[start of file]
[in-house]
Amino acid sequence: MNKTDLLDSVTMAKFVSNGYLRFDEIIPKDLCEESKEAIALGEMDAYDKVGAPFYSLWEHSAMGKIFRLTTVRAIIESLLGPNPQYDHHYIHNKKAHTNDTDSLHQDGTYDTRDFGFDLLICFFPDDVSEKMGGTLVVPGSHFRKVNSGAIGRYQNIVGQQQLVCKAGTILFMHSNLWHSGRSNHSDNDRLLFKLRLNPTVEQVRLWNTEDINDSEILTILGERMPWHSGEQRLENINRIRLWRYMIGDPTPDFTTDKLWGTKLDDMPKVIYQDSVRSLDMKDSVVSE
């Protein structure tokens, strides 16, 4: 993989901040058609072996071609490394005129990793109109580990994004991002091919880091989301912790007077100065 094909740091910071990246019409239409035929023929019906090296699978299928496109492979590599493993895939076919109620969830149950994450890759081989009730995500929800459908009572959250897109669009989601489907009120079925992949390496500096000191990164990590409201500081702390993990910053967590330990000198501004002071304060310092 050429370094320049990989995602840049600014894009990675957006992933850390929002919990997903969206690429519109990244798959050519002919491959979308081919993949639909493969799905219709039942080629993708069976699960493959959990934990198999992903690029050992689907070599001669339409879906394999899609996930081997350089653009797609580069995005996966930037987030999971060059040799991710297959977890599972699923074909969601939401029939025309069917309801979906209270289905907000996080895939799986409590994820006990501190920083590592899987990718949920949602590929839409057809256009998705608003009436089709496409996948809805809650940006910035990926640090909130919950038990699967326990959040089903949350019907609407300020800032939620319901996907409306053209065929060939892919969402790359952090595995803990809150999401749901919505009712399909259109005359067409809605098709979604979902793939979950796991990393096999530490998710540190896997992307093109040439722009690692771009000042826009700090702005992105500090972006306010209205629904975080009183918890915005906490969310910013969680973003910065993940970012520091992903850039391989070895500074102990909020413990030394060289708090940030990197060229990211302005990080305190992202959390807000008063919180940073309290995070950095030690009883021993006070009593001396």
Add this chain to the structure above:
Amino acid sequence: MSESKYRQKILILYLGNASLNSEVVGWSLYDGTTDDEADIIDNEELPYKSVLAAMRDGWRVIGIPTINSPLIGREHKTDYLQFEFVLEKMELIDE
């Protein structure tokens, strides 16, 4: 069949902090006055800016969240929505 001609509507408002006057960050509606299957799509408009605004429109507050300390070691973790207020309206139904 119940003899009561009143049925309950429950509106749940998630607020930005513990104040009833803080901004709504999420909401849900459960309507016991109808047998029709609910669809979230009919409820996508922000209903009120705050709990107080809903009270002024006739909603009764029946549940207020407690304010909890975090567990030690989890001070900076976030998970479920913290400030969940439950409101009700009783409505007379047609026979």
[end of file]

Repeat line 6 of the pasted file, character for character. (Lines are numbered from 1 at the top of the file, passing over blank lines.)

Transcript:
């Protein structure tokens, strides 16, 4: 069949902090006055800016969240929505 001609509507408002006057960050509606299957799509408009605004429109507050300390070691973790207020309206139904 119940003899009561009143049925309950429950509106749940998630607020930005513990104040009833803080901004709504999420909401849900459960309507016991109808047998029709609910669809979230009919409820996508922000209903009120705050709990107080809903009270002024006739909603009764029946549940207020407690304010909890975090567990030690989890001070900076976030998970479920913290400030969940439950409101009700009783409505007379047609026979």